Wounded Knee (60 min., 2009) On the night of February 27, 1973, American Indian Movement (AIM) and Oglala Lakota activists seized the hamlet of Wounded Knee, and police cordoned off the area. Demanding redress for grievances, the protesters captured the world's attention for 71 gripping days. With heavily armed federal troops tightening a cordon around the Indians, the event recalled the massacre at Wounded Knee almost a century earlier. In telling the story of this iconic moment, this final episode examines the political and economic forces that led to bringing the desperate conditions of Indian reservation life to the nation's attention. It also proved that despite centuries of warfare and neglect, Indians remained a vital force in the life of America.
During Covid, only IU faculty, staff and students can borrow materials from Media Services with a valid IU crimson card. Social distancing and face masks are required. Be sure to check with Media Services for hours. VHS titles are housed off-site at ALF, and can be requested via IUCAT. Suggested keywords in IUCAT: First Nations, Indigenous, Native American*. Limit to film & video, dvd/videodisc, Bloomington campus.
American Indian (90 mins., 2015) Thirty miles from New York City, tucked away in the Ramapo Mountains of New Jersey, lives a group of indigenous people shrouded in mystery and discrimination, fighting for acceptance as Native Americans...The Ramapough Lenape Indians. American Native exposes this group's fight for respect as Native Americans, examining their efforts to gain recognition from the Bureau of Indian Affairs and the private interests that may have colluded behind the scenes to prevent them from doing so. Through expert interviews and unbridled access to the community, the film provides an in-depth look at the group's complex past, volatile present and endangered future.
American Red & Black (38 min., 2006) This intimate film follows six Afro-native Americans from around the U.S. as they reflect upon the personal and complex issues of Native and African hertiage, ethnic identity and racism within communities of color.
Apache 8 (57 min., 2011) Documentary about an all-women wildland firefighter crew from the White Mountain Apache Tribe.
Barking Water (78 min., 2010) Frankie, a proud Native American, is attempting to reconnect with his estranged family. Released from the hospital, but still very ill, he hits the road with his ex-lover Irene, who acts as Frankie's nurse but refuses to offer forgiveness for his past indiscretions. As they travel through the sun-dappled country, they encounter various eccentric personalities. But his journey really begins when he reunites with his daughter and finally meets her newborn child.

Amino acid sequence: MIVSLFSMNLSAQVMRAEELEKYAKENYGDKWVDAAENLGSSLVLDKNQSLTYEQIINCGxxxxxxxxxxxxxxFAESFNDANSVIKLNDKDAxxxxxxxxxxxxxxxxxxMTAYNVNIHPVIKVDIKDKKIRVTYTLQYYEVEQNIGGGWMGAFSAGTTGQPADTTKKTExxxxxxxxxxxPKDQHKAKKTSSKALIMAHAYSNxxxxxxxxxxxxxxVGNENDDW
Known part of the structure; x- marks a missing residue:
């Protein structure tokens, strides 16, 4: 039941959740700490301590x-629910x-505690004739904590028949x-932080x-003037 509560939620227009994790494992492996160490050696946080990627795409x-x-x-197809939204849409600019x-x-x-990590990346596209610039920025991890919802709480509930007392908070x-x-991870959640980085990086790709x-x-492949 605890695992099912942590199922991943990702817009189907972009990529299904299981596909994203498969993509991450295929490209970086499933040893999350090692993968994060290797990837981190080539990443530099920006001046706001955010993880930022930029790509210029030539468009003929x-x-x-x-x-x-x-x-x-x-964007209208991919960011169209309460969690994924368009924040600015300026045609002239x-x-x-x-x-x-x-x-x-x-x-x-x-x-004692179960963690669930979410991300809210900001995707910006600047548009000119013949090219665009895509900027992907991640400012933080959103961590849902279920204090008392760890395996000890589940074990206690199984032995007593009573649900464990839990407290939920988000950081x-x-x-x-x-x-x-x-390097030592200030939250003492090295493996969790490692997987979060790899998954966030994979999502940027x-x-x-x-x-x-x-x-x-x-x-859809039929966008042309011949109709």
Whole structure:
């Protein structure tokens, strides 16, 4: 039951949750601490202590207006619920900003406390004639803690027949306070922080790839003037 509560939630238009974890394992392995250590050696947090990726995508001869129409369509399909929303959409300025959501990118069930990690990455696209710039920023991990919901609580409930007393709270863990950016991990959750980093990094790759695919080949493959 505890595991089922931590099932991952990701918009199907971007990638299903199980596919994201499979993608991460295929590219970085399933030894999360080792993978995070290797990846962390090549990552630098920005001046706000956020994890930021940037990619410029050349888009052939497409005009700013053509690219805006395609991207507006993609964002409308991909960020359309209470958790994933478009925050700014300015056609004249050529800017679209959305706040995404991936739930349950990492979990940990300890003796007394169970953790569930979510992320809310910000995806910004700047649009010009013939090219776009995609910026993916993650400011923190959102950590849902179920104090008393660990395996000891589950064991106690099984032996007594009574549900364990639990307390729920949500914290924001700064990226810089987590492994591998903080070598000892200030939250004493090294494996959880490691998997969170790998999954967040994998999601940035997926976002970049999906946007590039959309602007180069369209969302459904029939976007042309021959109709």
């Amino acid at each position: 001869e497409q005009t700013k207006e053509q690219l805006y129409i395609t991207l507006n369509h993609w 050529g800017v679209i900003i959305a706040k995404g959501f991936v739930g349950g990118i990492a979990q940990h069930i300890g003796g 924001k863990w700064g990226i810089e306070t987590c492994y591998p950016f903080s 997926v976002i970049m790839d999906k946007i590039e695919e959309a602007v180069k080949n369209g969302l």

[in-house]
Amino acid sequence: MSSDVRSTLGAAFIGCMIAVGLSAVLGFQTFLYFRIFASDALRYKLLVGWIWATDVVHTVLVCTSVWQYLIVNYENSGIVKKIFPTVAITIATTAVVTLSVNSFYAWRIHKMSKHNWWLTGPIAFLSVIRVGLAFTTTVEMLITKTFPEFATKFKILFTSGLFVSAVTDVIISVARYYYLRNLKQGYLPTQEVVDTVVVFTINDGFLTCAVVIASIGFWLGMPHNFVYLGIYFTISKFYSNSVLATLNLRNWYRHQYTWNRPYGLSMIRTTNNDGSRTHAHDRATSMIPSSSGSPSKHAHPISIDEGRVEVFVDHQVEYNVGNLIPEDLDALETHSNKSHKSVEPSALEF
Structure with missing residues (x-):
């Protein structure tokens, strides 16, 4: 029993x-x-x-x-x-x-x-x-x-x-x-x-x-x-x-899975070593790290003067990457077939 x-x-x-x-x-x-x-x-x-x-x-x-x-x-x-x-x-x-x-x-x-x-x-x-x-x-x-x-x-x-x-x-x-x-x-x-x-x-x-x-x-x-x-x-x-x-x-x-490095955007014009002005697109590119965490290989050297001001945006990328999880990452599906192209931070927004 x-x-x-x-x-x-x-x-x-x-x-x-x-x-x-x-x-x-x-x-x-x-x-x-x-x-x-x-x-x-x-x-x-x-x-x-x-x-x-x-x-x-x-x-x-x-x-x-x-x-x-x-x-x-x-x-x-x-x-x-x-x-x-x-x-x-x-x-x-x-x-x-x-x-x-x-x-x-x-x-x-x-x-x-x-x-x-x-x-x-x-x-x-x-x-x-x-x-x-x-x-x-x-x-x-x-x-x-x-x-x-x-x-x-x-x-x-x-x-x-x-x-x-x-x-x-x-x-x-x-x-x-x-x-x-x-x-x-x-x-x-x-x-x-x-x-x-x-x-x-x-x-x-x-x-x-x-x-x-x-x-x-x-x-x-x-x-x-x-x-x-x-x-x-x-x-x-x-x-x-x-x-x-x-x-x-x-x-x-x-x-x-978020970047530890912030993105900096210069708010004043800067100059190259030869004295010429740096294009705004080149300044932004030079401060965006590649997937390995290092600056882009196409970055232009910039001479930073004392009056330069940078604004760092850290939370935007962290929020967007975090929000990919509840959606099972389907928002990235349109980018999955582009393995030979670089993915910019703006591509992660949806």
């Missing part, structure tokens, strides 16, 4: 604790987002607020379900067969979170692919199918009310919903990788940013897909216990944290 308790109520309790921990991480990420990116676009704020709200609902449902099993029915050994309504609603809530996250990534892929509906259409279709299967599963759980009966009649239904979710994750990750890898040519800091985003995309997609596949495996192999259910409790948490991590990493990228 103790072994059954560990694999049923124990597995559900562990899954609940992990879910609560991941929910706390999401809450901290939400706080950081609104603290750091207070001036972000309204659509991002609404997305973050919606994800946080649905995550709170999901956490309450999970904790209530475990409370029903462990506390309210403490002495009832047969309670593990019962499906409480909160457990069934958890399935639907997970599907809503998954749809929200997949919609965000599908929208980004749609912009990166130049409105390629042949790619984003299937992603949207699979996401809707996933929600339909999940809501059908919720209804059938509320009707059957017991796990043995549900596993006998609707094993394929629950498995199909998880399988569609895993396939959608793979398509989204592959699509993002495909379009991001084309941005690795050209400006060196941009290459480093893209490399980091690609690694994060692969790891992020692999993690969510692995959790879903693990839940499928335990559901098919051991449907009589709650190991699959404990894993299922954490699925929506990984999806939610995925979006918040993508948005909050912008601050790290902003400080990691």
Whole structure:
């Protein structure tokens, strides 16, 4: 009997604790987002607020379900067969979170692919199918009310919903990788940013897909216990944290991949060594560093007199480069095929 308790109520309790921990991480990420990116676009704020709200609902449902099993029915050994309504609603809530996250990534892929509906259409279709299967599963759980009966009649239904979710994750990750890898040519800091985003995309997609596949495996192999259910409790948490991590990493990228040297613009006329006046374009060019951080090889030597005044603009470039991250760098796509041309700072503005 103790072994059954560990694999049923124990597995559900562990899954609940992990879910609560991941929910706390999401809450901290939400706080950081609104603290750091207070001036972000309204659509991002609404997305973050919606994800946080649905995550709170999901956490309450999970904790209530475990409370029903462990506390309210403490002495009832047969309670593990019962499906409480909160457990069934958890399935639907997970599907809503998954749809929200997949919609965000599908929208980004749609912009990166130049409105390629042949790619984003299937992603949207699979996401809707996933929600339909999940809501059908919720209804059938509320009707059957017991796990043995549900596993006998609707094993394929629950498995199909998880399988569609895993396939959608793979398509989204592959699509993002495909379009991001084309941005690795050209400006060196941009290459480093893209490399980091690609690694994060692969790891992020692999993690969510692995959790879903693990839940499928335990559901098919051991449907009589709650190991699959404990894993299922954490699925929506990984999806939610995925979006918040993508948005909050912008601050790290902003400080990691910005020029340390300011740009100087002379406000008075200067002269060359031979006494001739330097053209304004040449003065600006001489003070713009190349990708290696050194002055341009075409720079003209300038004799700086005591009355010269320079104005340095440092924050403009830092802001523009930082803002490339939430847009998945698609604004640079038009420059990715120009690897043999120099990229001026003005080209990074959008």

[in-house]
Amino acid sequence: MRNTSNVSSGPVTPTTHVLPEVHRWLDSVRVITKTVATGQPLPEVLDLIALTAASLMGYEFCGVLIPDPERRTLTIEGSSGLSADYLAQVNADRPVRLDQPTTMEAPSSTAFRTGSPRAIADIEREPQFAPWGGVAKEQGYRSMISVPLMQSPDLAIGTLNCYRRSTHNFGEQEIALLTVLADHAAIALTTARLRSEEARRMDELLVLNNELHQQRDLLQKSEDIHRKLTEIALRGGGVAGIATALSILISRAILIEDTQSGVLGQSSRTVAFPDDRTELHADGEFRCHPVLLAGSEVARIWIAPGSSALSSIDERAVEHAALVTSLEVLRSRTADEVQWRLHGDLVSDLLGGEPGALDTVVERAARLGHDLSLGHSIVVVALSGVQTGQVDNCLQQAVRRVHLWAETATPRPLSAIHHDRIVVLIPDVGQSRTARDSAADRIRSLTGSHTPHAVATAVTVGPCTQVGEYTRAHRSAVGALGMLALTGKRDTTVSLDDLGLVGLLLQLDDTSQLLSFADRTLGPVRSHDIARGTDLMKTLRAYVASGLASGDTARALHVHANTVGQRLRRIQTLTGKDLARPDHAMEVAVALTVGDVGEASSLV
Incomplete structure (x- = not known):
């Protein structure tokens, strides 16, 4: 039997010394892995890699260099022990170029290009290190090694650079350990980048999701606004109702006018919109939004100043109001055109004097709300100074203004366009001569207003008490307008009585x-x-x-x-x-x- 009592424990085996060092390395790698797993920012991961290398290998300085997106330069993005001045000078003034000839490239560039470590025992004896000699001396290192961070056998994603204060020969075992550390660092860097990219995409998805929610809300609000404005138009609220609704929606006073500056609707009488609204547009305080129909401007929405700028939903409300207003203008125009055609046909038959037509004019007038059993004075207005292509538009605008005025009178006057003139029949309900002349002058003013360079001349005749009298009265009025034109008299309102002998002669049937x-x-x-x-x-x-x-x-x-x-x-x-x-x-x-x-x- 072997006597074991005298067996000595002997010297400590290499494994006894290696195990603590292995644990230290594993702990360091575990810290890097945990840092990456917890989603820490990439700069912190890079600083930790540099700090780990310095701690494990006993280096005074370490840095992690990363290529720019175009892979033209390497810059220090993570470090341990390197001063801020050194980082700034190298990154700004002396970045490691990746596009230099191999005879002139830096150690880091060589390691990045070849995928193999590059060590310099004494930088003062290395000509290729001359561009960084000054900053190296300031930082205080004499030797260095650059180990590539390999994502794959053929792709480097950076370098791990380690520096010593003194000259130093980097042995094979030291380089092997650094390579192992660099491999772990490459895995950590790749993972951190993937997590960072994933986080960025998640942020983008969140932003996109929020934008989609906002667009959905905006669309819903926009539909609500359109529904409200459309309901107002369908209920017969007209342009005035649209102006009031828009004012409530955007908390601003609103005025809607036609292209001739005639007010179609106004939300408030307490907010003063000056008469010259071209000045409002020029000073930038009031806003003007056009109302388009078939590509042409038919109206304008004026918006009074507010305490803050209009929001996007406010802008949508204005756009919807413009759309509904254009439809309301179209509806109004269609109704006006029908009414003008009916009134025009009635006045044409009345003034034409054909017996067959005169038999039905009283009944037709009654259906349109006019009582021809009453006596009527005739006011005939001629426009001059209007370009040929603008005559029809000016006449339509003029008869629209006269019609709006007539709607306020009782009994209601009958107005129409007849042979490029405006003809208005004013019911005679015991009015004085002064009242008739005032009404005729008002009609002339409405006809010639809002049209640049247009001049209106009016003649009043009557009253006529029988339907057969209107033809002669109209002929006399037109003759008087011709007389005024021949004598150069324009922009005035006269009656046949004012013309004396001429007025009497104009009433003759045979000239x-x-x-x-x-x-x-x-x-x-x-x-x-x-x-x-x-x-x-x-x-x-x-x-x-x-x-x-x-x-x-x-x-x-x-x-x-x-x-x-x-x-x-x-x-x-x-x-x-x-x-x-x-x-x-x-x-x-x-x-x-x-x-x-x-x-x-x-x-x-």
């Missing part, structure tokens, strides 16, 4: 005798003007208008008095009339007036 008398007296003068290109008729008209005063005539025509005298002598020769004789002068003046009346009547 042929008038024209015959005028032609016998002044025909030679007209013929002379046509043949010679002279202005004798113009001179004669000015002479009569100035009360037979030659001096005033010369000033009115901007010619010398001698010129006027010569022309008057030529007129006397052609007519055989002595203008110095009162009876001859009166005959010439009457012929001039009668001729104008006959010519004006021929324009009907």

Bones of Contention (49 min., 2002) The remains of more than 10,000 Native Americans unearthed at archaeological sites across the U.S. are in the possession of museums such as the Smithsonian. The bones have become the central issue in a war of ideas that pits scientists, historians, and museum curators against many Native American groups. Is the analysis of the bones valid scientific research, or is it a desecration of Native American culture? This program provides an even-handed examination of the situation, and in doing so, also provides an excellent survey of American Indian archaeology in the U.S.
The Buffalo War (57 min., 2001) The moving story of the Native Americans, ranchers, government officials, and environmental activists currently battling over the yearly slaughter of America's last wild bison ... This film explores the controversial killing by joining a 500-mile spiritual march across Montana by Lakota Sioux Indians who object to the slaughter ... Woven into the film are the civil disobedience and video activism of an environmental group trying to save the buffalo, as well as the concerns of a ranching family caught in the crossfire
A Good Day to Die (90 min., 2011) Chronicles the life story of Dennis Banks, the Native American who co-founded the American Indian Movement (AIM) in 1968 to advocate and protect the rights of American Indians, providing an in-depth look at the history and issues surrounding AIM's formation. From the forced assimilation of Native Americans within boarding schools, to discrimination by law enforcement authorities, to neglect by government officials responsible for the Bureau of Indian Affairs, AIM sought redress for the many grievances that its people harbored. Banks' personal struggle culminated in major armed confrontations at Custer, South Dakota and Wounded Knee -- climactic flash points which saw him standing steadfast as a leader for his cause.